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Champagne bus bound for last hoorah

John Thistleton 8 April 2019

Lorraine and Wal Smart singing “Hello Dolly” with other CADS members during a dress rehearsal. Photos: Supplied.

In cars with fogged-up windows by the road’s edge from Goulburn to Crookwell they wait excitedly for Desley Rowley’s champagne coach.

The bus stops for ticket-holders to Crookwell Amateur Dramatic Society’s music hall productions. The 56-seater has a bottomless glass of champagne, served with Desley’s famous Cote d’Or chocolates and fresh strawberries.

Theatre-goers from Sydney, Wollongong and Canberra climb aboard in Goulburn. Delsey is a patron of CADS, and organises the coach, driver and tables for basket supper performances.

The cast have been known to hold up their performance, waiting for the merry revellers to arrive. “Sydney people are fascinated, they have never seen anything like it,” Desley says. “I love seeing their reaction. A man from Canberra turned to me one night and said, ‘Desley, this is amazing!’ He has been coming ever since.”

Thirty of CADS’ leading characters have responded to director Anne Cleary’s call for a special show to honour musical director Helen Campbell who turned 90 in February. Everyone has vowed to knock themselves out because this will be their last hoorah on stage.

Darren ‘Buckets O’Brien’ with Rhonda Cummins.

Most players are coming from the halcyon days of CADS in the 1990s. That’s when former Green Devils rugby league hard man Darren ‘Buckets’ O’Brien was tricked into attending a rehearsal with a mate. Once inside the hall, his mate bolted, leaving Buckets to find fame – and he did. Anne says Buckets’ timing for comedy is the best she has seen. He had taken a redundancy from Telecom, and was a publican when he joined CADS. Buckets shrugs off his talent. “I was a bit of a larrikin, a family trait,’’ he says.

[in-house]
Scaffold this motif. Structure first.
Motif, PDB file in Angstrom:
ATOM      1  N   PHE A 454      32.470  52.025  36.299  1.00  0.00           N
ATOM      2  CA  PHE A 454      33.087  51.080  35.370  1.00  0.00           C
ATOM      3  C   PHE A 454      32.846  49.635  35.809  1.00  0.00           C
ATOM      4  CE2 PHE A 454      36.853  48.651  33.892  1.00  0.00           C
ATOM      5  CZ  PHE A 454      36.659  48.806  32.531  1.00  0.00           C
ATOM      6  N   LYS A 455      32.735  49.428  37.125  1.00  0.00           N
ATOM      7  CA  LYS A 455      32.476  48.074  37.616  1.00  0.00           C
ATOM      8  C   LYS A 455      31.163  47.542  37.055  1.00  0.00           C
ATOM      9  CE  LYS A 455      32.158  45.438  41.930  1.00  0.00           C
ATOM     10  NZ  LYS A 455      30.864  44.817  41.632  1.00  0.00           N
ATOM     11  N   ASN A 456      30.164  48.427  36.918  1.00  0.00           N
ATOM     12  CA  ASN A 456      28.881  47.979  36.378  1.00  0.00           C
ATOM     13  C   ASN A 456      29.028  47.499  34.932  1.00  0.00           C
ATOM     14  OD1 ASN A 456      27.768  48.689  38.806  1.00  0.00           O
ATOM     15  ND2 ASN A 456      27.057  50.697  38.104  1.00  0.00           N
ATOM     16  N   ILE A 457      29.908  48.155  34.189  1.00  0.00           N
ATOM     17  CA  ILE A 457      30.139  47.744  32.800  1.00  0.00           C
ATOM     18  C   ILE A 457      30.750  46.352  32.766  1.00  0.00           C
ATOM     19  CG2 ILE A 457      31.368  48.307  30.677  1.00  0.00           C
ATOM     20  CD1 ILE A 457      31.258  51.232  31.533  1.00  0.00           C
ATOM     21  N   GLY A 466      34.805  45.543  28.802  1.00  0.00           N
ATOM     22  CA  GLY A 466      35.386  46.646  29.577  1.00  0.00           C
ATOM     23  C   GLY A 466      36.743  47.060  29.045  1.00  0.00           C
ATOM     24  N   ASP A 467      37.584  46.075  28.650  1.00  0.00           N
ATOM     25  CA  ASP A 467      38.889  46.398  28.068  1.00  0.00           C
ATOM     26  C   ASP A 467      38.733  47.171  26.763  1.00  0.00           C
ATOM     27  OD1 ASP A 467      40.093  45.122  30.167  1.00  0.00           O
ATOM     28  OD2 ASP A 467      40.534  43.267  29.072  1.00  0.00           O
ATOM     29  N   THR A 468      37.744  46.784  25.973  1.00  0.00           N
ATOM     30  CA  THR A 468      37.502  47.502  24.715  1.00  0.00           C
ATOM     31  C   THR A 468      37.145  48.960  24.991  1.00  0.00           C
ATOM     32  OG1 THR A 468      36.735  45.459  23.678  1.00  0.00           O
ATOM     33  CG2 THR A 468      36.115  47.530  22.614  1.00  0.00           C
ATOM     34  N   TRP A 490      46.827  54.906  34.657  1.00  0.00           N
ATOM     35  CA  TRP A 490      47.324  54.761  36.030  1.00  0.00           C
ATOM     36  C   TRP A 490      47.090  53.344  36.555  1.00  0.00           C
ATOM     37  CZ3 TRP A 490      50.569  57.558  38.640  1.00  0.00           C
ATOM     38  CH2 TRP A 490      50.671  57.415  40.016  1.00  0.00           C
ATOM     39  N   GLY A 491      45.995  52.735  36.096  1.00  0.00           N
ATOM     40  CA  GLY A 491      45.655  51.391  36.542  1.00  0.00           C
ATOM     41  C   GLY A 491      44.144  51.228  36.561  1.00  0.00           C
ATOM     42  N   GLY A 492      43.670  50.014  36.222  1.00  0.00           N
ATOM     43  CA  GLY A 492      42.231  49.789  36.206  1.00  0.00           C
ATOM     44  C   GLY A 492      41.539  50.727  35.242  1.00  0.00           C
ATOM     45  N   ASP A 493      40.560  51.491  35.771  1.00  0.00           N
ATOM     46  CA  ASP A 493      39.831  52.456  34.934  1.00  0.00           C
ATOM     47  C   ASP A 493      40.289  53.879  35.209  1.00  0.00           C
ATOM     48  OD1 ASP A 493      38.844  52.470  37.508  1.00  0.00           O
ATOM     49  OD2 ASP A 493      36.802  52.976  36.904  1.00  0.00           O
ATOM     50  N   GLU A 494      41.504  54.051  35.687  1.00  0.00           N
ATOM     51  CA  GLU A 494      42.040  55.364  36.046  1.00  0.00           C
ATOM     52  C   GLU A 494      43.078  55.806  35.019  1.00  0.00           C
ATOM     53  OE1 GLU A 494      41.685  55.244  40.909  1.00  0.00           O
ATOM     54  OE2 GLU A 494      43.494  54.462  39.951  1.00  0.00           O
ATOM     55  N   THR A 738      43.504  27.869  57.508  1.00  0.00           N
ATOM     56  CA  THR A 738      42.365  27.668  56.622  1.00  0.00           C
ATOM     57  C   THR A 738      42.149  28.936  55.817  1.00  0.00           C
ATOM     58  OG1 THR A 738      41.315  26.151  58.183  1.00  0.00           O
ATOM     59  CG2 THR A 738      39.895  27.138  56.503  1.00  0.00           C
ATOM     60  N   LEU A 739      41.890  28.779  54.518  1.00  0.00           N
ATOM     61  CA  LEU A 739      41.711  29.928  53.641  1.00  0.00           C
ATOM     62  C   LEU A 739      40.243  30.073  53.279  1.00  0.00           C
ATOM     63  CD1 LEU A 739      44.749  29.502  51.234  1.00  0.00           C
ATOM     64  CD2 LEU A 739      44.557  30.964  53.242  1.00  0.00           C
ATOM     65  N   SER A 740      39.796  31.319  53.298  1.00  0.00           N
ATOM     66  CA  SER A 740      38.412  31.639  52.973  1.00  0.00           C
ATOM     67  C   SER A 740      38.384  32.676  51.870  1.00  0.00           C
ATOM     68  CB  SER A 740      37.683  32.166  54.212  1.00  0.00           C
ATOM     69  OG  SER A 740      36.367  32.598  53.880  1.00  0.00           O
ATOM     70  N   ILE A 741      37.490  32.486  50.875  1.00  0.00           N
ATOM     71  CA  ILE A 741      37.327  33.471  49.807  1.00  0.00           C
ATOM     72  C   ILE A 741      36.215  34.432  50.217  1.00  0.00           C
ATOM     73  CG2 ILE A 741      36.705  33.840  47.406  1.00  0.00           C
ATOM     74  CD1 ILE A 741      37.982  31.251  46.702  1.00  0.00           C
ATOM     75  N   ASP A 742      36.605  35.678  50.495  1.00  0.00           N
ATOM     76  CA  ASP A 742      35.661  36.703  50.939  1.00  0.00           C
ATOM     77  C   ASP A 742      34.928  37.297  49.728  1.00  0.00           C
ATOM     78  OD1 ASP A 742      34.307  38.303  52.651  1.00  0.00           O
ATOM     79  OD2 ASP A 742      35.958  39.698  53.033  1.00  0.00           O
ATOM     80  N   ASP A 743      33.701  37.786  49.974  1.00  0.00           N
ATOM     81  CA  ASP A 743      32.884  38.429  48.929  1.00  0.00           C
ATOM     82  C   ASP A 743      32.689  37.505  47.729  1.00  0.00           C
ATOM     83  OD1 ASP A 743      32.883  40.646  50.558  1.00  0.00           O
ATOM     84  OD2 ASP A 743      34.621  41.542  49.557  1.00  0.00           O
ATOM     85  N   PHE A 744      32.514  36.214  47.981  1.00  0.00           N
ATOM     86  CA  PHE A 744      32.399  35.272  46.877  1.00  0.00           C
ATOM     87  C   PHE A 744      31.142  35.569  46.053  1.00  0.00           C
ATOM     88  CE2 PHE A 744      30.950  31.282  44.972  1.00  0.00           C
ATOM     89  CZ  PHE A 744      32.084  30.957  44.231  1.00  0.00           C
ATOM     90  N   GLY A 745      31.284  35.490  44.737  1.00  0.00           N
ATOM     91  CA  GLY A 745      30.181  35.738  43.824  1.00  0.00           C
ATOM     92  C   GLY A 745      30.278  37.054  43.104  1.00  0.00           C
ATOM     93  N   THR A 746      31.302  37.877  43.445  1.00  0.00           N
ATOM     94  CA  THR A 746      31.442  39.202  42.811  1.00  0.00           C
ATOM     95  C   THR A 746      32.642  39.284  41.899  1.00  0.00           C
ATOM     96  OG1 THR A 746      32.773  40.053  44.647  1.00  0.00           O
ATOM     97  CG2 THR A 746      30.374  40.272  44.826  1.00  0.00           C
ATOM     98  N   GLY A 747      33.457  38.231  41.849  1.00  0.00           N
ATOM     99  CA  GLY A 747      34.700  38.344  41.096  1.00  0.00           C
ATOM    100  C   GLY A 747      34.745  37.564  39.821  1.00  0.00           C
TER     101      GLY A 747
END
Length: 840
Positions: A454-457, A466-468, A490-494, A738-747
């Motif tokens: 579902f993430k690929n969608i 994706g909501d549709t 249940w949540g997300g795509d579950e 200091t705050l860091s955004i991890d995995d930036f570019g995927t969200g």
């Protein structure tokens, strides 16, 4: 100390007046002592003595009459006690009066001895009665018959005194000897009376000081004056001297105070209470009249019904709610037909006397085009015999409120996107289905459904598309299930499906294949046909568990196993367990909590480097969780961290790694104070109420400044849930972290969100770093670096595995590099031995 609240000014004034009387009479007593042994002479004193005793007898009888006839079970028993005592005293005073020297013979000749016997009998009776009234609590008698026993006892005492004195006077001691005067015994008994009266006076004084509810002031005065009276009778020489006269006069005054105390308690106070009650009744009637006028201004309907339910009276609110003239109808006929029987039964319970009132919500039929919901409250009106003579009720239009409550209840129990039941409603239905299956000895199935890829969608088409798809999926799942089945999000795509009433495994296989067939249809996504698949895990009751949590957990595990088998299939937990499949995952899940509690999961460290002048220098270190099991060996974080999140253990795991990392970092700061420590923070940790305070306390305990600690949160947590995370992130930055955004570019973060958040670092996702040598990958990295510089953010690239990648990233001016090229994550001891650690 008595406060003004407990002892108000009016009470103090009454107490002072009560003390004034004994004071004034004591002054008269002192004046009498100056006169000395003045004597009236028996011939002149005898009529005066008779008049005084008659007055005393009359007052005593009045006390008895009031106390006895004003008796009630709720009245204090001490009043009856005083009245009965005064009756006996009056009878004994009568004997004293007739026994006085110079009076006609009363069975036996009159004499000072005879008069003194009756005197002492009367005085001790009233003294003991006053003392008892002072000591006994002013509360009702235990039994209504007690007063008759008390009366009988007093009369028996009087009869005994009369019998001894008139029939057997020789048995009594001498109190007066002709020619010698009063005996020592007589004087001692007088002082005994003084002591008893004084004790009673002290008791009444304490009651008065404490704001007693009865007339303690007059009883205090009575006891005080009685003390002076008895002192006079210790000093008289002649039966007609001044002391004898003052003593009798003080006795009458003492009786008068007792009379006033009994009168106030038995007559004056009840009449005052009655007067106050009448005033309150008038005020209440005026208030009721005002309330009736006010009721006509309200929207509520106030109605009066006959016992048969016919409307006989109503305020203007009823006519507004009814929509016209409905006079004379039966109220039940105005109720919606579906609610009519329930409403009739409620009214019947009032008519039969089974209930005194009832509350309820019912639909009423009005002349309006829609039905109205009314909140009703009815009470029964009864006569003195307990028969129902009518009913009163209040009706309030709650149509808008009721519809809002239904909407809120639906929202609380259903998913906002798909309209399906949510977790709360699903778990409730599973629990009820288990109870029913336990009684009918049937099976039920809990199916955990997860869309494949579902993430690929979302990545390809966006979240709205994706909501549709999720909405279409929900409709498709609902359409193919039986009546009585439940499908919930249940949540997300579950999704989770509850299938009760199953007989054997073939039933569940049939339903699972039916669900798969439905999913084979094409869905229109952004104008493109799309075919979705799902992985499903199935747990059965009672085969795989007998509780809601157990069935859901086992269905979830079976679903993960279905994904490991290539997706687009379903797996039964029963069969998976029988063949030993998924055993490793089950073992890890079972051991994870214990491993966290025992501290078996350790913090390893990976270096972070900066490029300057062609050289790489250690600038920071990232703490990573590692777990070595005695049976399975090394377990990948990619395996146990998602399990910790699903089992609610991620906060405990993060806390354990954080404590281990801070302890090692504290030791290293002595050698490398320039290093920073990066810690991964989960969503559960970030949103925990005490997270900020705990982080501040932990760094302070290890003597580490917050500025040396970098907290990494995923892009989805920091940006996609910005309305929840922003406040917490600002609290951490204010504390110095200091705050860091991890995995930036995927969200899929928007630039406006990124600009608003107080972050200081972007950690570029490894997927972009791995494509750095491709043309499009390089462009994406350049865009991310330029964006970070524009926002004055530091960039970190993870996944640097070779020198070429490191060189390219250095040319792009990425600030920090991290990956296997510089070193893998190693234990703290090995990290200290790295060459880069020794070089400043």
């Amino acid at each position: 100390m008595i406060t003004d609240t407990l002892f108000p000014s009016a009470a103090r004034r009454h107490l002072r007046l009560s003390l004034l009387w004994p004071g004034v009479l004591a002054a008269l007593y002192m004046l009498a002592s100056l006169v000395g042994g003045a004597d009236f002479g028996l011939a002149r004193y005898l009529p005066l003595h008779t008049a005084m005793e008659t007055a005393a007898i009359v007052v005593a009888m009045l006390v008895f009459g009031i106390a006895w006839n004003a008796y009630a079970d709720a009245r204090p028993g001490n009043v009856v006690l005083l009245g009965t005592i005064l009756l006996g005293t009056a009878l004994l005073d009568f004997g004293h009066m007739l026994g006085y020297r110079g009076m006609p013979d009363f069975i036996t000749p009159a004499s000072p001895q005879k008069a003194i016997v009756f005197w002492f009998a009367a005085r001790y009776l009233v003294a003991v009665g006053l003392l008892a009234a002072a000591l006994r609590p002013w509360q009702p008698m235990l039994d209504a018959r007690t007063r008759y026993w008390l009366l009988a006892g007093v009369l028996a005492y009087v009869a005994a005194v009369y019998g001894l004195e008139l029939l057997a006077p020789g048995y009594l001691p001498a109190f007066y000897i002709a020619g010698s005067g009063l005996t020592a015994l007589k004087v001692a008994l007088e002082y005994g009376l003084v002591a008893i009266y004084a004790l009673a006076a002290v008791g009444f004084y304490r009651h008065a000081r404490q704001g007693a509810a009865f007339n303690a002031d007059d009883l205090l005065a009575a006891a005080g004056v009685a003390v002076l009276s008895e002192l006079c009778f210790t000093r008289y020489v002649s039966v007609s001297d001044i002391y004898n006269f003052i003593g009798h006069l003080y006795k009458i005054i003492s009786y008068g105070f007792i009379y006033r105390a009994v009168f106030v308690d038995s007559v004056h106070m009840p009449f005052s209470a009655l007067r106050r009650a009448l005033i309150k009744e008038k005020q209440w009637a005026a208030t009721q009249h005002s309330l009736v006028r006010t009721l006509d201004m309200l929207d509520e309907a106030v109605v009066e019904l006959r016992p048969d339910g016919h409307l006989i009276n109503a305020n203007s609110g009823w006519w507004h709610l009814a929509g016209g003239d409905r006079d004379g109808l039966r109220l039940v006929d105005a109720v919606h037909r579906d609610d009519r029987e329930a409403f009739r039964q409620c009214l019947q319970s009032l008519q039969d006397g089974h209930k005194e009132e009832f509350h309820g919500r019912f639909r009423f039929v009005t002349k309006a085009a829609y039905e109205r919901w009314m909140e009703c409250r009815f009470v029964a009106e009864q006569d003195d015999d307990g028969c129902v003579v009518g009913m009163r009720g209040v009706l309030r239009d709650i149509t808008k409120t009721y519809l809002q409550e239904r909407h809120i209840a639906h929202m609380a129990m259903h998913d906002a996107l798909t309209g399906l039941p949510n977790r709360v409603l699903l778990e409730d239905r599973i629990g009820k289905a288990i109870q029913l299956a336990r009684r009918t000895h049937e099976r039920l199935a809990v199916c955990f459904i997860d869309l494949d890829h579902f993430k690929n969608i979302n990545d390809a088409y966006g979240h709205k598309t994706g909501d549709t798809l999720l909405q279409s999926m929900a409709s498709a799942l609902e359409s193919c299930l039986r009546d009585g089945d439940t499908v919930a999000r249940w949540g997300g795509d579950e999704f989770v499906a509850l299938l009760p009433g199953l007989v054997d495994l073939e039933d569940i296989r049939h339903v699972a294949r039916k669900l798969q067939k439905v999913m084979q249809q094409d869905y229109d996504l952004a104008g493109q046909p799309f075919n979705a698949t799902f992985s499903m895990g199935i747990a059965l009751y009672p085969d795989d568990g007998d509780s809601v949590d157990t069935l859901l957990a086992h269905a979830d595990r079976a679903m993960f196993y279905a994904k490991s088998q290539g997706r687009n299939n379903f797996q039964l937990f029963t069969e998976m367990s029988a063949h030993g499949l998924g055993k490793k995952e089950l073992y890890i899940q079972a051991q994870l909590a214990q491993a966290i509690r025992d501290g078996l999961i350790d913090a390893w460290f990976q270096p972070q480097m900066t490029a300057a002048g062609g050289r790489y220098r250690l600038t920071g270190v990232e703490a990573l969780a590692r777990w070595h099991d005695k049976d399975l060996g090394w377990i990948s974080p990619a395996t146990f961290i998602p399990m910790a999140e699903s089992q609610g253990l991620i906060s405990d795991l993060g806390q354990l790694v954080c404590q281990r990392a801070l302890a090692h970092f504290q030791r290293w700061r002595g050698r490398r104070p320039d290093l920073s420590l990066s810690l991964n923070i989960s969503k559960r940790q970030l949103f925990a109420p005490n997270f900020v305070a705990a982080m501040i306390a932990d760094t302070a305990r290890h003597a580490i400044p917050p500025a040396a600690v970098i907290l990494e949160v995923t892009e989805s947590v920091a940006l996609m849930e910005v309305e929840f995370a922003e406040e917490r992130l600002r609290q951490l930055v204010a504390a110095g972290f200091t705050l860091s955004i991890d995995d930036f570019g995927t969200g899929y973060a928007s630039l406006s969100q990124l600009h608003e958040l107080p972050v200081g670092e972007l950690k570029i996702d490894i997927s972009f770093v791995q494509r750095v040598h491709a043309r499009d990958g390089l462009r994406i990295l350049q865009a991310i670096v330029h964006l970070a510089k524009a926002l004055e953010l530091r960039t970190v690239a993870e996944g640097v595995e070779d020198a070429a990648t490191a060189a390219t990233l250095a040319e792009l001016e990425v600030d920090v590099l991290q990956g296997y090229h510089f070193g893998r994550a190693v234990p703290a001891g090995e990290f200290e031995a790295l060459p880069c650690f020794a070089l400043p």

Goulburn man Wal Smart, then a traffic engineering officer with the Department of Main Roads, also found fame locally. “I still vividly recall my first solo as The Sheik of Araby attired in the finest Arabian clothing,” Wal says. He ventured into the audience, trembling, singing to woo ladies in the first row. “I sang my last words while sliding across the stage on my knees with my sword thrust forward, halting in the middle, my arms held skyward,” Wal recalls. “But laughter drowned out the applause. Unbeknown to me the stage lights cast a shadow onto the main curtain behind me, revealing a very large phallic symbol – my sword!”

Another night, taking a bow after his Elvis impersonation, a bra appeared through the glow of the stage lights, landing at his feet. “I’d obviously missed my calling,” Wal muses.

Superb performers included Michael Lowe, fresh from high school and son of CADS’ other musical director, Helen Lowe. “Michael has been the best male singer we have ever had,” Anne said.

Everyone is nearly 30 years older than those earlier CADS hits.

A melodrama, The Tram Track Tragedy, so popular in 1992, will be revived in the latest musical. It starred Heather Davies, Christine Bentley, Chris Croker, Michael Lowe and Des Storrier.

“Thirty years ago Heather was the poor lass with the baby, sent out into the cold, and will play that character again,” Anne says. Most of the cast were in their late 20s or 30s in the 1990s. “We are not sure how high the old legs will kick,” the director says. “There will be more gentle movements than in the 1990s.’’

After two months of rehearsals, Back to those Musical Days will open on Friday night, June 21, the first of six performances. The champagne bus leaves Goulburn on June 22 and June 29.

Tickets will go on sale for $20 and $25 through Crookwell Visitor Information Centre or trybooking online.


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